Butler University’s art college, which has its roots in the Metropolitan School of Music of the late nineteenth century, underwent another transformation this week.
The Jordan College of Fine Arts officially changed its name to the Jordan College of the Arts, notifying students and faculty Monday around noon that the change was immediately in effect.
Ronald Caltabiano, dean of the Jordan College of the Arts, said in a prepared statement on the college’s website—still http://www.butler.edu/jcfa as of press time— “It’s an appropriate name for a forward-looking multi-art college in the 21st century.”
JCA now includes more programs than it did around the turn of the century when it was a music school with a small dance program. Arthur Jordan, businessman and philanthropist, bought the school in 1928. He merged it with the Indiana College of Music and Fine Arts.
The resulting college was called the Arthur Jordan Conservatory of Music and later the Jordan College of Music.
JCM became a college at Butler in 1951. According to the Encyclopedia of Indianapolis, JCM had music, dance, theatre, radio and television programs. JCA no longer has radio and television programs.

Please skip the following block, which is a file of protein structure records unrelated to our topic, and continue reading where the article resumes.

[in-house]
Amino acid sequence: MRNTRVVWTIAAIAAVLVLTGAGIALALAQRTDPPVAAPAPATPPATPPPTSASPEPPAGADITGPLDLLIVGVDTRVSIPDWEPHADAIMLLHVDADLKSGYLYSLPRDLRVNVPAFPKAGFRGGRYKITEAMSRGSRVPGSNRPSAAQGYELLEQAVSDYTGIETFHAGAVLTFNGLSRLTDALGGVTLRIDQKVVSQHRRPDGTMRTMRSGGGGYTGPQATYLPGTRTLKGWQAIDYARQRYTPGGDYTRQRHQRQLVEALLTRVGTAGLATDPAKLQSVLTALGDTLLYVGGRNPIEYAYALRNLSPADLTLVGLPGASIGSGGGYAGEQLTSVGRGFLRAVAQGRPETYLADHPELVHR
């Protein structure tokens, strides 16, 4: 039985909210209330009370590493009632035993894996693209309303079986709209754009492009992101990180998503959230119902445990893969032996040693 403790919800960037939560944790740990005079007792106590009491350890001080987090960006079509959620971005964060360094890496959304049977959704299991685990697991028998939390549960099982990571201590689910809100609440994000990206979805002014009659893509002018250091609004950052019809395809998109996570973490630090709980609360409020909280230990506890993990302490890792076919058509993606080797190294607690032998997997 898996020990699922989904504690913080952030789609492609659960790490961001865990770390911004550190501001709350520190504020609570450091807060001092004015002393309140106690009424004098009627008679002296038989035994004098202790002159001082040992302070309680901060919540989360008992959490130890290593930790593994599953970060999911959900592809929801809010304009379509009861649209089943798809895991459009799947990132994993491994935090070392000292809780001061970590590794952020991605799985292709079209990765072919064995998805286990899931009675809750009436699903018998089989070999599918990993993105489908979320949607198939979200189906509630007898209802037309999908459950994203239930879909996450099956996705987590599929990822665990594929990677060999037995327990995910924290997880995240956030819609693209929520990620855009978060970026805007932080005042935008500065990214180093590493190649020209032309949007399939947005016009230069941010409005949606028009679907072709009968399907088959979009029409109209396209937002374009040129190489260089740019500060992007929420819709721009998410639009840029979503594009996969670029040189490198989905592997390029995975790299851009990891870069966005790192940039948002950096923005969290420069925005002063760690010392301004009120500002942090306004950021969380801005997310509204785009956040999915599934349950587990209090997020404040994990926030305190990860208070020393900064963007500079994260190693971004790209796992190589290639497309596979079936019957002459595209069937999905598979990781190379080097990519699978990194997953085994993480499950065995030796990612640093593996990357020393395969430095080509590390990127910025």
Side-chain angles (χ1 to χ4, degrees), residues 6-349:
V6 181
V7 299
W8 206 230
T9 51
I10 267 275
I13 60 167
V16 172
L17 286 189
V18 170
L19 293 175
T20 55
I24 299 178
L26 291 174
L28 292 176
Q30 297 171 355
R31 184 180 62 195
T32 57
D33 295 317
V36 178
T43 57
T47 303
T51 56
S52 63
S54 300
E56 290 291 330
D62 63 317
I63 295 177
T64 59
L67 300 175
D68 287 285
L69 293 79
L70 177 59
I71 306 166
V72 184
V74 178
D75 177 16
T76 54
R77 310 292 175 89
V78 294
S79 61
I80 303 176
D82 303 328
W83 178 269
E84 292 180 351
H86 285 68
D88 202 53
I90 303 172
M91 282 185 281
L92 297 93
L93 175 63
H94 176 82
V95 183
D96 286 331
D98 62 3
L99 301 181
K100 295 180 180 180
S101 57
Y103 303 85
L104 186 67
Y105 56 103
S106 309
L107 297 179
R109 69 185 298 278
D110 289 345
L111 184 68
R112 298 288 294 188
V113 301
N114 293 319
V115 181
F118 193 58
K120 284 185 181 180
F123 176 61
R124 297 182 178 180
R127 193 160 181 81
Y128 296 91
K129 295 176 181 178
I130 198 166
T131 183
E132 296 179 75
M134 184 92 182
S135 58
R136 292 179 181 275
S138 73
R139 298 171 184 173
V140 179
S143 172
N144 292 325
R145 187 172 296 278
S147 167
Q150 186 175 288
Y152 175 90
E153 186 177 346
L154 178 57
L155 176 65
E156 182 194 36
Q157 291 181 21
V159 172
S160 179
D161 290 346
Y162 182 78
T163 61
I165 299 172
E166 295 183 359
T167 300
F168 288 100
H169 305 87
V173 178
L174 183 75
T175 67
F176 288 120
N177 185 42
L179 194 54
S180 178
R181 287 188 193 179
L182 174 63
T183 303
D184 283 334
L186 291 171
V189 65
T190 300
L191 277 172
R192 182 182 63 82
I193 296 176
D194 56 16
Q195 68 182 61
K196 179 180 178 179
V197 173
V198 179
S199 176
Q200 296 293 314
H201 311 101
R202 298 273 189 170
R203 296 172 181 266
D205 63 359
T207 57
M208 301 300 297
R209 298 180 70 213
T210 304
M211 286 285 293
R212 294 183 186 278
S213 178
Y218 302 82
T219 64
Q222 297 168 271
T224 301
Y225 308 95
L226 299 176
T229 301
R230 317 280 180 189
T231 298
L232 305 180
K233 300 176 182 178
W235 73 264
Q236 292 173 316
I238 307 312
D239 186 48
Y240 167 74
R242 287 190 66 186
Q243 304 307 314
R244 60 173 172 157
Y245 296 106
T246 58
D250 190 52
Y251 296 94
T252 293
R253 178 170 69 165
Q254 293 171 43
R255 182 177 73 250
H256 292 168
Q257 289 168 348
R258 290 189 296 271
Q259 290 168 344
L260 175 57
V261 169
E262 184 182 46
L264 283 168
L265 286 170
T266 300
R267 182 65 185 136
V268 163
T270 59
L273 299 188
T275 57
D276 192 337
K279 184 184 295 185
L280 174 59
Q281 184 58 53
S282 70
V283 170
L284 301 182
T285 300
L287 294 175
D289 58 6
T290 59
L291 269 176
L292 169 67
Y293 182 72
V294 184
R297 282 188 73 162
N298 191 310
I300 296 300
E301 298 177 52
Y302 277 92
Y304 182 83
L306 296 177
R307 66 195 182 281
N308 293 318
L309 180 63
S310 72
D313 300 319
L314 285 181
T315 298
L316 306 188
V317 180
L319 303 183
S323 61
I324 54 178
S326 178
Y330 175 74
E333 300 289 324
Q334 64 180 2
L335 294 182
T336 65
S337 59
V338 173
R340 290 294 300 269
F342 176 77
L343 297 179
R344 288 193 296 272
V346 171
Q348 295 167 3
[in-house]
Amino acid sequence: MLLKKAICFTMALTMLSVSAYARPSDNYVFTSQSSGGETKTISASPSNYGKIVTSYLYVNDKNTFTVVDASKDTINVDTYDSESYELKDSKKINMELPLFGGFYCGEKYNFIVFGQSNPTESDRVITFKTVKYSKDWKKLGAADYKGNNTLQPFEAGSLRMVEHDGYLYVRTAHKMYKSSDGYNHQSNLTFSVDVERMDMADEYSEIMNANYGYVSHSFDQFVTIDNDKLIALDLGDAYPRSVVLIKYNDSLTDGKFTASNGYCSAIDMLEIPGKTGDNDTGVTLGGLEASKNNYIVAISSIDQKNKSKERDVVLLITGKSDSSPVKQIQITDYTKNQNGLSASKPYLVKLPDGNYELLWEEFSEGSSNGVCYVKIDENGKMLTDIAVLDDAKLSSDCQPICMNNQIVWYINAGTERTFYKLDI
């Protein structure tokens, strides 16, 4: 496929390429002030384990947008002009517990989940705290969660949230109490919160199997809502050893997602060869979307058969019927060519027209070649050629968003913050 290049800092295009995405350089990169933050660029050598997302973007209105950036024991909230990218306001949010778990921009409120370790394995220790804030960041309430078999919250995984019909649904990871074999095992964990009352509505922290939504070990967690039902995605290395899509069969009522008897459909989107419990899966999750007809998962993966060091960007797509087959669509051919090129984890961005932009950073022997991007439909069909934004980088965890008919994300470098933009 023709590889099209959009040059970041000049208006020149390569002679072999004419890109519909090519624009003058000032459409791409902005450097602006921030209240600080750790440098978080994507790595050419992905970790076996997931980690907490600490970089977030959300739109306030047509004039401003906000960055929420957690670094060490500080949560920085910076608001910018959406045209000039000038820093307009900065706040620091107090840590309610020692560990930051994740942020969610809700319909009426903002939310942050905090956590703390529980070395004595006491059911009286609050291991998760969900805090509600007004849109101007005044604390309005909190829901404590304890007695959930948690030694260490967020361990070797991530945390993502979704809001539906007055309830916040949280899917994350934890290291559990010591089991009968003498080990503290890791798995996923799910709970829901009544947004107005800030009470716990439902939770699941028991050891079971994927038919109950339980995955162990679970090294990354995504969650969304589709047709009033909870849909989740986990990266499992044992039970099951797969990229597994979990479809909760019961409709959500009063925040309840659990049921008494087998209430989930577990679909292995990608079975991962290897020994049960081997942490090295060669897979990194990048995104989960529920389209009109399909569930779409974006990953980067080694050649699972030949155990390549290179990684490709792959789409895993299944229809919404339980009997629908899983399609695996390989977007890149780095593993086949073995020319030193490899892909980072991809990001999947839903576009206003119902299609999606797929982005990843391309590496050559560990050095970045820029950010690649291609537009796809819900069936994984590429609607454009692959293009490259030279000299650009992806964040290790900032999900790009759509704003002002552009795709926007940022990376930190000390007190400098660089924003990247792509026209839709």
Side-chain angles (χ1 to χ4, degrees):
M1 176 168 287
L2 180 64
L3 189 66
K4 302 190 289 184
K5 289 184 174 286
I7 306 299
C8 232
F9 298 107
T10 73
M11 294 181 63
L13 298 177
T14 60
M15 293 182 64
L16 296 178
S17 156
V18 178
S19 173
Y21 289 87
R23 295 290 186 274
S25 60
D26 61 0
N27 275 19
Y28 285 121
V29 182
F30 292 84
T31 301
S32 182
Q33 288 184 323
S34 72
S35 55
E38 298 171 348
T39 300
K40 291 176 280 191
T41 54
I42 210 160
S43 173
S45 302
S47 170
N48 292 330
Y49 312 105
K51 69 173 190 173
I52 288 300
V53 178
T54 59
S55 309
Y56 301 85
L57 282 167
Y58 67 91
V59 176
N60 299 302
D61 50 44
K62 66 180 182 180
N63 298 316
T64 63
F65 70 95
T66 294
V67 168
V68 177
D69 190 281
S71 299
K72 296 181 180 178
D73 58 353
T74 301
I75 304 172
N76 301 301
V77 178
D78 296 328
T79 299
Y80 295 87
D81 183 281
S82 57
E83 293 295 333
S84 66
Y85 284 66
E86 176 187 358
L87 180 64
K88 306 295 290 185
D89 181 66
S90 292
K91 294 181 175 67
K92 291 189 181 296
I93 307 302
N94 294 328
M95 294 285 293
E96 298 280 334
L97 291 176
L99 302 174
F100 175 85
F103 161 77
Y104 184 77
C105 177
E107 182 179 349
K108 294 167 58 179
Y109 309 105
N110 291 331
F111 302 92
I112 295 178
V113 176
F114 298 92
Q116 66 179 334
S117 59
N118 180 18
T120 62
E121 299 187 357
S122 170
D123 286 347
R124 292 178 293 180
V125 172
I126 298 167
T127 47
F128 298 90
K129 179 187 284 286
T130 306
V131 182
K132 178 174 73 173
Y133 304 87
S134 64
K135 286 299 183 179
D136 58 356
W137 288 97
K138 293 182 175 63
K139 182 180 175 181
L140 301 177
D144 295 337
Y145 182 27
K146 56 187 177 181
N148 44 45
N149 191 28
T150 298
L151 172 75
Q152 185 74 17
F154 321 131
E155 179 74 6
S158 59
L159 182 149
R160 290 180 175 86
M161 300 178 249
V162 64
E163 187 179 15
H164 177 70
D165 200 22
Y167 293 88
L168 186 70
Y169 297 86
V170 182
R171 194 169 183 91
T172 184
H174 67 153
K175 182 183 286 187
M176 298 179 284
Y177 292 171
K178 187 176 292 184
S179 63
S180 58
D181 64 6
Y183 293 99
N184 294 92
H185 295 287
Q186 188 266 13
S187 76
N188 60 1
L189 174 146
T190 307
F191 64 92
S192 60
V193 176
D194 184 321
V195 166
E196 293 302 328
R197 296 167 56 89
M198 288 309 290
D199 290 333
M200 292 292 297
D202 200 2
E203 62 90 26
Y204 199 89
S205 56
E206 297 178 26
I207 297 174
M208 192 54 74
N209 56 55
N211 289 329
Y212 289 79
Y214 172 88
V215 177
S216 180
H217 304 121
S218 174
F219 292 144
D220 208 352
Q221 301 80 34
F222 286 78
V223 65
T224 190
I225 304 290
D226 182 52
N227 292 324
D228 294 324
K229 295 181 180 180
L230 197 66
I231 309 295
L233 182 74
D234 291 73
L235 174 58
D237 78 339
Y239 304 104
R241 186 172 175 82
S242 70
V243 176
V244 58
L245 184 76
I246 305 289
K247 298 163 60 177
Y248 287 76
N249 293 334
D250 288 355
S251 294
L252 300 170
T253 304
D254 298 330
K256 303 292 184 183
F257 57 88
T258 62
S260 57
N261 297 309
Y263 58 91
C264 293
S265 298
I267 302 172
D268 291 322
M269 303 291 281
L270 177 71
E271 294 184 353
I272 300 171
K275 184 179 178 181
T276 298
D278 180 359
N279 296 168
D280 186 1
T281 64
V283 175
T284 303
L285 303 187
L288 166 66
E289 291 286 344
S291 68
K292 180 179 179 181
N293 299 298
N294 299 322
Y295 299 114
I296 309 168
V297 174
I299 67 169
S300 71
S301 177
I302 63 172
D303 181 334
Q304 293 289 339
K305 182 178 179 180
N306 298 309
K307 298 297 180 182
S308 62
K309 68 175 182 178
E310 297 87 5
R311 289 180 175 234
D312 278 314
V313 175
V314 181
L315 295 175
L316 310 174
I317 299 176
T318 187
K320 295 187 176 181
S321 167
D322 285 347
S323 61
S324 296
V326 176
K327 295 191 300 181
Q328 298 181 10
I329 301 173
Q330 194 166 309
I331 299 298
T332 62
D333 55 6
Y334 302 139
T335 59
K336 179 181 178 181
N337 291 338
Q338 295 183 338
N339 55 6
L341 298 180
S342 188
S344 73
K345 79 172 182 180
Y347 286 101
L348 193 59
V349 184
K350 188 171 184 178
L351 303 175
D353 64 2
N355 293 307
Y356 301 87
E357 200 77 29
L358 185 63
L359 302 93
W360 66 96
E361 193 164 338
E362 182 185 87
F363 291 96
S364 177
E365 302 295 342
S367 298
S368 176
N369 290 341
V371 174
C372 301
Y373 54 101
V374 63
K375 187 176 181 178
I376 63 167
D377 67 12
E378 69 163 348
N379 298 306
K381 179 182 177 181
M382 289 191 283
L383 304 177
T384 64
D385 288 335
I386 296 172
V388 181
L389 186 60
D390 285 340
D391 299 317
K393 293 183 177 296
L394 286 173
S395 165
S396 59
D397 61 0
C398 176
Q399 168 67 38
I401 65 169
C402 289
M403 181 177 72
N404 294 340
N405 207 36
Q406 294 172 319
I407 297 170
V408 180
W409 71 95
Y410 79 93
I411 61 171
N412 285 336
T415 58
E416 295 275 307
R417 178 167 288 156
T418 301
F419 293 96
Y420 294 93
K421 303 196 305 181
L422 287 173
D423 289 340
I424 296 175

In 1978, the name changed again to the Jordan College of Fine Arts. That name stuck until Monday.
Caltabiano said it was about time for another change.
“’Fine arts limits what the scope of the college can be. If we want to be open to all the arts, we have to get rid of that limit,” he said.
Caltabiano said the new name gives the college room to expand into other areas. He specifically mentioned architecture and cinema but carefully articulated that no definite plans are yet in place.
Caltabiano said he also hopes that under the new name, JCA will be a place for arts to mix in new ways. The mixture will form new art forms, which Caltabiano calls “transdisciplinary” arts.
“That’s where innovation comes from right now, and that’s what we have to be ready for,” he said.
The notion of a name change was brought up last fall and was discussed in an all-college meeting at the beginning of last semester.
Caltabiano said there were no objections, and the matter went to the university administration and, finally, to the Board of Trustees.
Caltabiano said the board approved the change last week.
Jenny Mobley, an adjunct professor of music, said she was completely in favor of the change.
“The name change more properly denotes what the college is about,” she said.
Senior Quinn Leary, a theatre and English major, said he appreciated the administators’ reasoning, but his opinion is neutral.
“I’ll call it ‘JCFA’ forever,” said Leary.
Nicholas Roman, a junior music education major, also was neutral about the change.
“I didn’t think we were being exclusive by saying ‘Jordan College of Fine Arts,’” he said. “No one is going to call it ‘JCA.’”
Caltabiano said he understood the “JCFA” name was pretty well ingrained.
“Alumni of ‘JCFA’ will probably always call it that, and that’s okay,” Caltabiano said.
“We see ‘JCA’ as a small change, a small but important change.”